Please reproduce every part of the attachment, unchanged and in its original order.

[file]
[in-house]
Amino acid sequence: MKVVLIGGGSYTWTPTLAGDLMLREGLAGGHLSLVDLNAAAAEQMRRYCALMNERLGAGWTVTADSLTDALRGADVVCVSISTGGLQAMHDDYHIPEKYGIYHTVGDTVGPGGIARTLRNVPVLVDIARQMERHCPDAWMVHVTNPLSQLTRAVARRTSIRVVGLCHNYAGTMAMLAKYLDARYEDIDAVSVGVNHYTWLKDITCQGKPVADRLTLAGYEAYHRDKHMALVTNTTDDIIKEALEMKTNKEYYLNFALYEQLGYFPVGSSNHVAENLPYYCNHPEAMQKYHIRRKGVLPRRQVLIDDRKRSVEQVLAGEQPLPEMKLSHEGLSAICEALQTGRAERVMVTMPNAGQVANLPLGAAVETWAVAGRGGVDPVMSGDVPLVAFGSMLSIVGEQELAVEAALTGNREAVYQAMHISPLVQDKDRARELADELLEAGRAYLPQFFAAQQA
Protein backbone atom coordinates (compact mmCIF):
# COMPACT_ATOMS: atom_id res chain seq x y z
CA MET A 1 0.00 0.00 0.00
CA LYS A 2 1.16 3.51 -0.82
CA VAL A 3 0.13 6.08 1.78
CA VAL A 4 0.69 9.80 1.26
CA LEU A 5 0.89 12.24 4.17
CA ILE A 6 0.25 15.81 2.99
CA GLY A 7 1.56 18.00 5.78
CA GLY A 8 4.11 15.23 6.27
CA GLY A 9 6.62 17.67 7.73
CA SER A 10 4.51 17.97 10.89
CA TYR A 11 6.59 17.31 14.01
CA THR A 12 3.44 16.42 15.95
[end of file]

[in-house]
Amino acid sequence: MKVVLIGGGSYTWTPTLAGDLMLREGLAGGHLSLVDLNAAAAEQMRRYCALMNERLGAGWTVTADSLTDALRGADVVCVSISTGGLQAMHDDYHIPEKYGIYHTVGDTVGPGGIARTLRNVPVLVDIARQMERHCPDAWMVHVTNPLSQLTRAVARRTSIRVVGLCHNYAGTMAMLAKYLDARYEDIDAVSVGVNHYTWLKDITCQGKPVADRLTLAGYEAYHRDKHMALVTNTTDDIIKEALEMKTNKEYYLNFALYEQLGYFPVGSSNHVAENLPYYCNHPEAMQKYHIRRKGVLPRRQVLIDDRKRSVEQVLAGEQPLPEMKLSHEGLSAICEALQTGRAERVMVTMPNAGQVANLPLGAAVETWAVAGRGGVDPVMSGDVPLVAFGSMLSIVGEQELAVEAALTGNREAVYQAMHISPLVQDKDRARELADELLEAGRAYLPQFFAAQQA
Protein backbone atom coordinates (compact mmCIF):
# COMPACT_ATOMS: atom_id res chain seq x y z
CA MET A 1 0.00 0.00 0.00
CA LYS A 2 1.16 3.51 -0.82
CA VAL A 3 0.13 6.08 1.78
CA VAL A 4 0.69 9.80 1.26
CA LEU A 5 0.89 12.24 4.17
CA ILE A 6 0.25 15.81 2.99
CA GLY A 7 1.56 18.00 5.78
CA GLY A 8 4.11 15.23 6.27
CA GLY A 9 6.62 17.67 7.73
CA SER A 10 4.51 17.97 10.89
CA TYR A 11 6.59 17.31 14.01
CA THR A 12 3.44 16.42 15.95